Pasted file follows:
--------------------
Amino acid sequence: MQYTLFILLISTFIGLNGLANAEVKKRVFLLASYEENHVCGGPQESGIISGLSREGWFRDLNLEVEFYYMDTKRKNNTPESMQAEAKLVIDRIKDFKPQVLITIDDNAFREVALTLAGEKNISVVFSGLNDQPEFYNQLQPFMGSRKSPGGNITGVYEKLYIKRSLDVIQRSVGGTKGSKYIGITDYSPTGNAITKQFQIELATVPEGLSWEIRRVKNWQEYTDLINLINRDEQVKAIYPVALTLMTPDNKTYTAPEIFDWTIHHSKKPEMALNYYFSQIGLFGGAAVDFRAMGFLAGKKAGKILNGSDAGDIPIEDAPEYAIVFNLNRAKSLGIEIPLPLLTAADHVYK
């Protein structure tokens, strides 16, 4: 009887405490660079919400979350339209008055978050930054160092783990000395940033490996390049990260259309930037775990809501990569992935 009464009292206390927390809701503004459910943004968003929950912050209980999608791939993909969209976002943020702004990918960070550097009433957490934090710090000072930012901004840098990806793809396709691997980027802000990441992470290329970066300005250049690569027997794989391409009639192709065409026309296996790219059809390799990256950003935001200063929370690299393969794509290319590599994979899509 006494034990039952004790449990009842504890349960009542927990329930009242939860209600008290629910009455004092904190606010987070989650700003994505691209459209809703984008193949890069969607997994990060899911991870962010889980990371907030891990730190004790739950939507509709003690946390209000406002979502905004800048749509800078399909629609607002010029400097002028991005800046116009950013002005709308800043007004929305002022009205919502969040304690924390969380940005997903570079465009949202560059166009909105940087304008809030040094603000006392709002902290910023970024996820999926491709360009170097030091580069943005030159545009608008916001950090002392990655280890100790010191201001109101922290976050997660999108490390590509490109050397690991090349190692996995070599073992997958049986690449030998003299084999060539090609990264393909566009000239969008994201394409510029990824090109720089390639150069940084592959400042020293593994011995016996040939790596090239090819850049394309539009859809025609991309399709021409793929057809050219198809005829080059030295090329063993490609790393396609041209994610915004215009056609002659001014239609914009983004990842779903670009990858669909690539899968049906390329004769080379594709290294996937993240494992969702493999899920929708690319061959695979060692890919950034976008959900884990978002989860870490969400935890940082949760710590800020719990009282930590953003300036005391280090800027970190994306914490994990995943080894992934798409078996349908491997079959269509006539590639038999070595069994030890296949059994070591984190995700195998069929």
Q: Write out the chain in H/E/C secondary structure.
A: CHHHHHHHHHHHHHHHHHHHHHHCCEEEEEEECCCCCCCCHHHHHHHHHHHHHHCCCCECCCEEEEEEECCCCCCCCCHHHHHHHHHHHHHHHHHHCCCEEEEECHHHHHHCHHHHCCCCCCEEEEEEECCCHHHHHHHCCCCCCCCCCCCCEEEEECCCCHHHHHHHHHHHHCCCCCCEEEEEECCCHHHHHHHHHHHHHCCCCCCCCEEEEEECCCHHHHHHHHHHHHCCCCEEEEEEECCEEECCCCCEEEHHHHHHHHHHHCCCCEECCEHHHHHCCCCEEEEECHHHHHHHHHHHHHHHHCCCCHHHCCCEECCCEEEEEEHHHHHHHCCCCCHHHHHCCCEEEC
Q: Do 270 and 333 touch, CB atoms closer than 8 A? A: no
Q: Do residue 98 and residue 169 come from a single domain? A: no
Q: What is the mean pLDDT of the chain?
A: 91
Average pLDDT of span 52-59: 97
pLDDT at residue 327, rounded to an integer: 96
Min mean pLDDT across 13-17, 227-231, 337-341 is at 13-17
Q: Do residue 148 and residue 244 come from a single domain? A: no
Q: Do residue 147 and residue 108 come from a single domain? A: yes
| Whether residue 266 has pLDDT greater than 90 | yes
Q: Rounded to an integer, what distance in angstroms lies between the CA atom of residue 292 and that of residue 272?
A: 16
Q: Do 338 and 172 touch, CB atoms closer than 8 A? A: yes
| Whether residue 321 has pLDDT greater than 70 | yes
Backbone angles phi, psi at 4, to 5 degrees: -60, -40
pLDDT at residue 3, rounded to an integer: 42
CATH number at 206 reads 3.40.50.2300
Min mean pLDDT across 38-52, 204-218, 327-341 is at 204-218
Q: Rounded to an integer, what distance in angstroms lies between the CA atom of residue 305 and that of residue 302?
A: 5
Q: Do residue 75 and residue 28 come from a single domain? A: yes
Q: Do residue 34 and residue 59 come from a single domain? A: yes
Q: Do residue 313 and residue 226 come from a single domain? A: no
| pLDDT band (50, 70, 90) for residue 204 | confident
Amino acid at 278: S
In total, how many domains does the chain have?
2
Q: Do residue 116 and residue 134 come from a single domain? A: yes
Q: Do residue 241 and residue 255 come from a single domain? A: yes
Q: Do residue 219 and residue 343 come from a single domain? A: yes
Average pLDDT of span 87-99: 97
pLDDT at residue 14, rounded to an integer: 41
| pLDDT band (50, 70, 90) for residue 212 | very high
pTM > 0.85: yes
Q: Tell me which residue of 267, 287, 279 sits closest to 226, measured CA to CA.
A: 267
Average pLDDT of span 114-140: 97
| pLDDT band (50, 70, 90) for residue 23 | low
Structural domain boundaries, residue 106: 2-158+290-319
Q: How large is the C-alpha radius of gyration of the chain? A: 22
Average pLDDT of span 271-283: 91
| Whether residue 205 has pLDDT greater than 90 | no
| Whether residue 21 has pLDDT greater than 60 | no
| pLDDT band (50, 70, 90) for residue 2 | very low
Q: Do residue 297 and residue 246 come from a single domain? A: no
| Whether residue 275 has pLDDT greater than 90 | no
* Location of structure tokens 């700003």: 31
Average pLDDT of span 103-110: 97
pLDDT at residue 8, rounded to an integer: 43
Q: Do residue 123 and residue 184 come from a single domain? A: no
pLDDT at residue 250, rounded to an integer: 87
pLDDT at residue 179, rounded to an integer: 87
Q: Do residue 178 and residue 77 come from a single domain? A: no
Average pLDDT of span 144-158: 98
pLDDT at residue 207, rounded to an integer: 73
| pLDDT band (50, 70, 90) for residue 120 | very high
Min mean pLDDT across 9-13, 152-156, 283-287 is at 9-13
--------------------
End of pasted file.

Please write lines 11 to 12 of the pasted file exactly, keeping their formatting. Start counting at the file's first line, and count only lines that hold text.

Min mean pLDDT across 13-17, 227-231, 337-341 is at 13-17
Q: Do residue 148 and residue 244 come from a single domain? A: no